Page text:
Danish oysters are of the top-most quality, harvested from the wild in the North Sea and Limfjord in northern Jutland. The oysters from here are world-famous for their firm texture and refined taste.
Tarteletter are really popular Dansih food made from puff pastry tart shells with a variety of fillings. They were first sampled in Denmark in the late 19th century and they gradually became a favorite the country over.
The Danish version of these flaky pastry tarts is generally savory – ingredients tend to showcase things like mushrooms, meat, and seafood. They’re a common traditional Danish dish to see being served up at parties or celebrations, or just snapped up as an appetizer or snack.
Smørrebrød/ Open faced sandwiches
Open faced sandwiches are a signature Danish food – known locally as smørrebrød. This basically does what it says on the tin – it’s like a sandwich, but the filling sits on top of the rye bread instead.
Common toppings for smørrebrød include liver pâté, eggs, fried fish, cold meat, potatoes, pickled fish, and salads. The bread itself is normally Denmark’s beloved buttered rye bread, which is dense, dark, and slightly sour in taste.
An upmarket variation of smørrebrød is stjerneskud. It’s the same in principle but a bit more fancy – topped with fried plaice fillet together with shrimps, white asparagus, lettuce, and caviar.
Another Christmas favorite is risalamande – a rich almond rice pudding. This isn’t just normal rice pudding – it’s delicious as a combination with chopped almonds, vanilla, whipped cream, and with a warm cherry sauce on top.
Frikadeller/ Danish meatballs
Danish meatballs are known as frikadeller – a classic Danish food. These are generally made from a mix of meats such as pork or beef. You can also get fish frikadeller (called fiskefrikadeller).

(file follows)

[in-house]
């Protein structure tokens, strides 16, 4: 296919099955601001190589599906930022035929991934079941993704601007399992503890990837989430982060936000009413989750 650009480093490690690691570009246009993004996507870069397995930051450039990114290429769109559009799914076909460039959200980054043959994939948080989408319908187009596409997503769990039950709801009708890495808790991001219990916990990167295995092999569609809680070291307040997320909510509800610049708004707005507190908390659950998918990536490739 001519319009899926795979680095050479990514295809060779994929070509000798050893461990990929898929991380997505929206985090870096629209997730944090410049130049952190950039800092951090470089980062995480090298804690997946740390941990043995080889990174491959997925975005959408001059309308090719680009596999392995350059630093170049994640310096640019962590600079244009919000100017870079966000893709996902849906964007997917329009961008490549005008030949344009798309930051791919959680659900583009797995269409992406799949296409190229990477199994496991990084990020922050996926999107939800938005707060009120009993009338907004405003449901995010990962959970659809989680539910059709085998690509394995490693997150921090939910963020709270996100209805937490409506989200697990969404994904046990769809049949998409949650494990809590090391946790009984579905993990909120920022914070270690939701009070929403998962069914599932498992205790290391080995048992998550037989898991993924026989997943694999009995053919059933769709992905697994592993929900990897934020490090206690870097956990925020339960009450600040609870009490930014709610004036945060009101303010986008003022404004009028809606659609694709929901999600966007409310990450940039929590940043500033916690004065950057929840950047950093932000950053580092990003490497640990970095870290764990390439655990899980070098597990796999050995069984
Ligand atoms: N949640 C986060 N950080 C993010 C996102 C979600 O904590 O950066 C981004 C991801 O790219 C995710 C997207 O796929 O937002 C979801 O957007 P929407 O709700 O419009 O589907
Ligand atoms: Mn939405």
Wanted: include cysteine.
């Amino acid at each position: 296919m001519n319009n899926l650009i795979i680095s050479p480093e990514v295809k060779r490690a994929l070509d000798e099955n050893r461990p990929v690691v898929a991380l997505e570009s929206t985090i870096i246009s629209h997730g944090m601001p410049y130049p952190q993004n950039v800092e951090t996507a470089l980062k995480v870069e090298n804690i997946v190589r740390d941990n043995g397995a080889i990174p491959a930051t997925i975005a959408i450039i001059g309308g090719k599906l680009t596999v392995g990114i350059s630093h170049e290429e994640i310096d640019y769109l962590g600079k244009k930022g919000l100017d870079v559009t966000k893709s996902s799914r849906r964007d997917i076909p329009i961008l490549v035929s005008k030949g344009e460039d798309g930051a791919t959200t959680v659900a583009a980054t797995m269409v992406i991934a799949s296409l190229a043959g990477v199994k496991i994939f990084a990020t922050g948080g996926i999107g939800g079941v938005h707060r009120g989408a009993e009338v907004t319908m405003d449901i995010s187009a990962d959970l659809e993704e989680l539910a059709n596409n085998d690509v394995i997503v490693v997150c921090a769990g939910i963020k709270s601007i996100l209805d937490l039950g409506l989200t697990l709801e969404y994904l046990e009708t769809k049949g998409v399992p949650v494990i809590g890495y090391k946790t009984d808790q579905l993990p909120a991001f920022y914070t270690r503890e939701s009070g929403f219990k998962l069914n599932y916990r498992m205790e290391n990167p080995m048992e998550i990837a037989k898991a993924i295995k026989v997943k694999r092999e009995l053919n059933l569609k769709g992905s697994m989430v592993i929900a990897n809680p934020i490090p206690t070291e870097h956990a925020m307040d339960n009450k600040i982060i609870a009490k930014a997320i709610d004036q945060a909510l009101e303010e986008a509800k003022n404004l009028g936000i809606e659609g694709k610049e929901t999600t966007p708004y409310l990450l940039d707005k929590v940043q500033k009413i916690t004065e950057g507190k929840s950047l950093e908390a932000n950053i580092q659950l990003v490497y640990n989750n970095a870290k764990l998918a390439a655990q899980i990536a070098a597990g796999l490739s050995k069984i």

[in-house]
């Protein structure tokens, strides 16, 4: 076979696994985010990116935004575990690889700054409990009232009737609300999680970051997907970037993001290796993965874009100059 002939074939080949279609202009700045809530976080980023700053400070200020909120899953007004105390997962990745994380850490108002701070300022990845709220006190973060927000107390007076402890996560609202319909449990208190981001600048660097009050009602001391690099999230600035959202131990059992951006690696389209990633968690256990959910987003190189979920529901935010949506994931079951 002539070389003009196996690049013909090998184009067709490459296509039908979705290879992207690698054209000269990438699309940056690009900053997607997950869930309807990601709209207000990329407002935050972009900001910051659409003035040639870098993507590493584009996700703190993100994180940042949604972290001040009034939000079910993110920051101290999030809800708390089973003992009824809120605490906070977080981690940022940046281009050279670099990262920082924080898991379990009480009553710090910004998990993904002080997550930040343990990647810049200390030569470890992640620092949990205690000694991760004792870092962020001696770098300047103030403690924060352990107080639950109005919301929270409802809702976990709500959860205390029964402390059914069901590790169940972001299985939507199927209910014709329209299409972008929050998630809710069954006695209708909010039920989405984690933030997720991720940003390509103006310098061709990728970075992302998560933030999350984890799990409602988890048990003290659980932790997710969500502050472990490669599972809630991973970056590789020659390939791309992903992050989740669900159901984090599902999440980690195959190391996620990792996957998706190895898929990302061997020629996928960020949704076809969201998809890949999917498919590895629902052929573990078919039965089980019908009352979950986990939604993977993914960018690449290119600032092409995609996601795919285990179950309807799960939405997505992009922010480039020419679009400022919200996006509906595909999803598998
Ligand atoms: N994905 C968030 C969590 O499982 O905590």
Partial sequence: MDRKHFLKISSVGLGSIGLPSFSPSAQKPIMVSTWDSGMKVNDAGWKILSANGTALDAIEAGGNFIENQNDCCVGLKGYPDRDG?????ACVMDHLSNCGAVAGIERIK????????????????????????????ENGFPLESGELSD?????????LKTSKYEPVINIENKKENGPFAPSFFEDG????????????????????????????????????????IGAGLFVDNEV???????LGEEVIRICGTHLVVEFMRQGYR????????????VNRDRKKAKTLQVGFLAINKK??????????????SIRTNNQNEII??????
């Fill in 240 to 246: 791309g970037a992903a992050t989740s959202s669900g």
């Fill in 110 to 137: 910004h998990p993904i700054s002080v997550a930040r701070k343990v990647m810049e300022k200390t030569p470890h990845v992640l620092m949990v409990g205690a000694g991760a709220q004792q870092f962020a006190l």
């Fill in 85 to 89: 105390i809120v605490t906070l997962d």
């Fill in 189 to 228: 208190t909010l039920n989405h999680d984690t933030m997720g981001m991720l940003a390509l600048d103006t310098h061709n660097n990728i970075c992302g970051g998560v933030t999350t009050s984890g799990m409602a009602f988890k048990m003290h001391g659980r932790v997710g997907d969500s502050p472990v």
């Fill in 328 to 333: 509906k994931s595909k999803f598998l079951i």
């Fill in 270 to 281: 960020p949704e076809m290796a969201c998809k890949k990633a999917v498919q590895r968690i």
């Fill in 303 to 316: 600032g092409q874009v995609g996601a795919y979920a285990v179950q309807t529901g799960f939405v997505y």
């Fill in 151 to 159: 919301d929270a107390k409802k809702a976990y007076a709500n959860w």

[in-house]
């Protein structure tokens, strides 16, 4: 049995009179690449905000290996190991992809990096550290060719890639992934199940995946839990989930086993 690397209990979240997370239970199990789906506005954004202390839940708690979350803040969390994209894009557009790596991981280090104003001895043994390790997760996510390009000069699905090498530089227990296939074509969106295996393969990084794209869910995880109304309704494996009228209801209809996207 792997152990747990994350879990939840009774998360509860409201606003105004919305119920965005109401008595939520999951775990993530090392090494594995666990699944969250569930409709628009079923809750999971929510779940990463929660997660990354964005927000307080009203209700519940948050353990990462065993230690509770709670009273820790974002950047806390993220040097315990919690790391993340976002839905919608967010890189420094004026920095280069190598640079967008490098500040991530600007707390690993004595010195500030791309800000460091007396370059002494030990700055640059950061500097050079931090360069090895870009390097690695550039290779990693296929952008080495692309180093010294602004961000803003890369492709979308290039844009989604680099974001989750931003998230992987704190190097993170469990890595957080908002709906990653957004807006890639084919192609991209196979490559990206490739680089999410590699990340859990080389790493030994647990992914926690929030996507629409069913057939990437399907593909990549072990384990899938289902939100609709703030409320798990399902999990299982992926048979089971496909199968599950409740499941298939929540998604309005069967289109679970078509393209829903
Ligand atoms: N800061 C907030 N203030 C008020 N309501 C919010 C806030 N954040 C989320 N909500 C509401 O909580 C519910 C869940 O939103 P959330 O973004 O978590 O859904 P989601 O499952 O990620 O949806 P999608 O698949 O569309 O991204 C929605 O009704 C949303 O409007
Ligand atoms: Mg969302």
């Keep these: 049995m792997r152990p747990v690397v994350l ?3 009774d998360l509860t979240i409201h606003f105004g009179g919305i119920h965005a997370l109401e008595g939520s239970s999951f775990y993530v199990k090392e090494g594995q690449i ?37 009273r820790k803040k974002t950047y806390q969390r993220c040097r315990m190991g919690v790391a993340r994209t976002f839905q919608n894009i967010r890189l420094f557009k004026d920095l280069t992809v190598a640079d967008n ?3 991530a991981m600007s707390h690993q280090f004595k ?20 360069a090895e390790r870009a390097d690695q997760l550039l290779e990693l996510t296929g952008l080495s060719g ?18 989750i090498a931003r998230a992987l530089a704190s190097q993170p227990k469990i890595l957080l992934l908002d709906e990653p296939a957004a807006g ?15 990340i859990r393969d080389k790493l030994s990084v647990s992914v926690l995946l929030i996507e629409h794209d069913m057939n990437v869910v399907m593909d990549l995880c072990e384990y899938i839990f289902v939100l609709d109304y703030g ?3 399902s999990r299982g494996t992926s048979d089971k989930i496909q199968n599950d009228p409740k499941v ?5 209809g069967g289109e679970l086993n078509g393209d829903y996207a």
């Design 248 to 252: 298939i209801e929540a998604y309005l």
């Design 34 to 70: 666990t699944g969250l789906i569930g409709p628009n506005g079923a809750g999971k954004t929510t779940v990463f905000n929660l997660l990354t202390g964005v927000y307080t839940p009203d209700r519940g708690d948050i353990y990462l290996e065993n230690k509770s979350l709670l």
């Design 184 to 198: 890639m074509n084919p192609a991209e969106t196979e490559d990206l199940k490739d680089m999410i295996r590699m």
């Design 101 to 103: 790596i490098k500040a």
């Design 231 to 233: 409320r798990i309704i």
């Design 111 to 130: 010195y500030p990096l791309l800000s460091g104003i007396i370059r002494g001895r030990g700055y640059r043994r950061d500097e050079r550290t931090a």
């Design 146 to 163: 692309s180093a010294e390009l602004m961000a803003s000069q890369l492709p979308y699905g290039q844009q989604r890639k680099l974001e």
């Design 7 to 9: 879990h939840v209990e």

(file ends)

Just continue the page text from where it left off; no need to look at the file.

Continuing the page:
This meatball dish is often toppings for open faced sandwiches, served with potatoes and a parsley sauce, or cold with a refreshing remoulade.
Sausages are a big component of Danish food culture, and are served up in many different shapes and sizes. The Danish hot dog (known as pølser) is a really popular street food. You can see hot dog stands all over cities like Copenhagen, and hot dogs are generally topped with fried onions, sliced pickles, raw onions, remoulade, ketchup, brown sauce, and mustard.
As well as the hot dog, stegt medister is another dinner that showcases the sausage. A meter-long in length, this red, spiced, minced pork sausage is eaten with a tasty sauce, potatoes, and red cabbage.
There’s a bit of confusion when it comes to the pastries of Denmark. This is because what you might know as Danish pastries are in fact originally from Vienna – known in Denmark as wienerbrød (Vienna bread).
However, these were brought to Denmark in the 1840s and have been popular there ever since, now a definite favorite among the Danes. There’s a wonderful choice throughout the country’s bakeries, and some good ones to try include the Rum Snail or Cinnamon Snail pastries!